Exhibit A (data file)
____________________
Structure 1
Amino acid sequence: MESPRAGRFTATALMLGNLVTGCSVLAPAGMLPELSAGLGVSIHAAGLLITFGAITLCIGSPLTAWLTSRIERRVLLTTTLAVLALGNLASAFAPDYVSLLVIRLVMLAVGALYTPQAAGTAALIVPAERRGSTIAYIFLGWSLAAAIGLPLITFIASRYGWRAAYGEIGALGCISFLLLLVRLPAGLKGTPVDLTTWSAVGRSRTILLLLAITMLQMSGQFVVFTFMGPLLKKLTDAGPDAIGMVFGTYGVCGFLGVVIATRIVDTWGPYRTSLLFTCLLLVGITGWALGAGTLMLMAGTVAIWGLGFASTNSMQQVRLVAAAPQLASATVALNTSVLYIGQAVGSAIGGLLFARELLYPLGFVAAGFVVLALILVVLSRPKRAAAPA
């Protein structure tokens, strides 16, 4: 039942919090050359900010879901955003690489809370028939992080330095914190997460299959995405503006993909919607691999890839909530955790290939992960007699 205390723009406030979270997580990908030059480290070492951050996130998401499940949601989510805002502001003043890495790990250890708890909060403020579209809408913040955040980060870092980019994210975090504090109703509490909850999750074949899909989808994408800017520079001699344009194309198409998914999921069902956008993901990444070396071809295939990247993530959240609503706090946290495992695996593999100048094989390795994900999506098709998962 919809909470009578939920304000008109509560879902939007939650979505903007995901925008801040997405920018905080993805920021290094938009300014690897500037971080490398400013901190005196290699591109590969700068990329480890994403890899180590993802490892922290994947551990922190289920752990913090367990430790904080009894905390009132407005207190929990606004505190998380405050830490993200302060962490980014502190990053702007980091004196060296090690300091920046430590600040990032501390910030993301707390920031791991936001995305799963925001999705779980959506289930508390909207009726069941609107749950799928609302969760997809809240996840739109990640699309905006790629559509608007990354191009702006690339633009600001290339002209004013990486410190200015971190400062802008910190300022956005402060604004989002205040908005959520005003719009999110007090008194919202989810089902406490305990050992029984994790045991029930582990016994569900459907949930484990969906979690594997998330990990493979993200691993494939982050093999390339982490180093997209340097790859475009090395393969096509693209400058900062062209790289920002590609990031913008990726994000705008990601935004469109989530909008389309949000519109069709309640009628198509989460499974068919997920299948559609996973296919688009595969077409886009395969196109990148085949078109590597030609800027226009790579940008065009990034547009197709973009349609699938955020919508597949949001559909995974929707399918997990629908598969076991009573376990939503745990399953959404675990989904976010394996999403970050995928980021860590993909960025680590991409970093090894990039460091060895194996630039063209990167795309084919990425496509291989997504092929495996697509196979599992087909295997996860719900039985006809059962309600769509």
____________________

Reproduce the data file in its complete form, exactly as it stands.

Structure 1
Amino acid sequence: MESPRAGRFTATALMLGNLVTGCSVLAPAGMLPELSAGLGVSIHAAGLLITFGAITLCIGSPLTAWLTSRIERRVLLTTTLAVLALGNLASAFAPDYVSLLVIRLVMLAVGALYTPQAAGTAALIVPAERRGSTIAYIFLGWSLAAAIGLPLITFIASRYGWRAAYGEIGALGCISFLLLLVRLPAGLKGTPVDLTTWSAVGRSRTILLLLAITMLQMSGQFVVFTFMGPLLKKLTDAGPDAIGMVFGTYGVCGFLGVVIATRIVDTWGPYRTSLLFTCLLLVGITGWALGAGTLMLMAGTVAIWGLGFASTNSMQQVRLVAAAPQLASATVALNTSVLYIGQAVGSAIGGLLFARELLYPLGFVAAGFVVLALILVVLSRPKRAAAPA
């Protein structure tokens, strides 16, 4: 039942919090050359900010879901955003690489809370028939992080330095914190997460299959995405503006993909919607691999890839909530955790290939992960007699 205390723009406030979270997580990908030059480290070492951050996130998401499940949601989510805002502001003043890495790990250890708890909060403020579209809408913040955040980060870092980019994210975090504090109703509490909850999750074949899909989808994408800017520079001699344009194309198409998914999921069902956008993901990444070396071809295939990247993530959240609503706090946290495992695996593999100048094989390795994900999506098709998962 919809909470009578939920304000008109509560879902939007939650979505903007995901925008801040997405920018905080993805920021290094938009300014690897500037971080490398400013901190005196290699591109590969700068990329480890994403890899180590993802490892922290994947551990922190289920752990913090367990430790904080009894905390009132407005207190929990606004505190998380405050830490993200302060962490980014502190990053702007980091004196060296090690300091920046430590600040990032501390910030993301707390920031791991936001995305799963925001999705779980959506289930508390909207009726069941609107749950799928609302969760997809809240996840739109990640699309905006790629559509608007990354191009702006690339633009600001290339002209004013990486410190200015971190400062802008910190300022956005402060604004989002205040908005959520005003719009999110007090008194919202989810089902406490305990050992029984994790045991029930582990016994569900459907949930484990969906979690594997998330990990493979993200691993494939982050093999390339982490180093997209340097790859475009090395393969096509693209400058900062062209790289920002590609990031913008990726994000705008990601935004469109989530909008389309949000519109069709309640009628198509989460499974068919997920299948559609996973296919688009595969077409886009395969196109990148085949078109590597030609800027226009790579940008065009990034547009197709973009349609699938955020919508597949949001559909995974929707399918997990629908598969076991009573376990939503745990399953959404675990989904976010394996999403970050995928980021860590993909960025680590991409970093090894990039460091060895194996630039063209990167795309084919990425496509291989997504092929495996697509196979599992087909295997996860719900039985006809059962309600769509």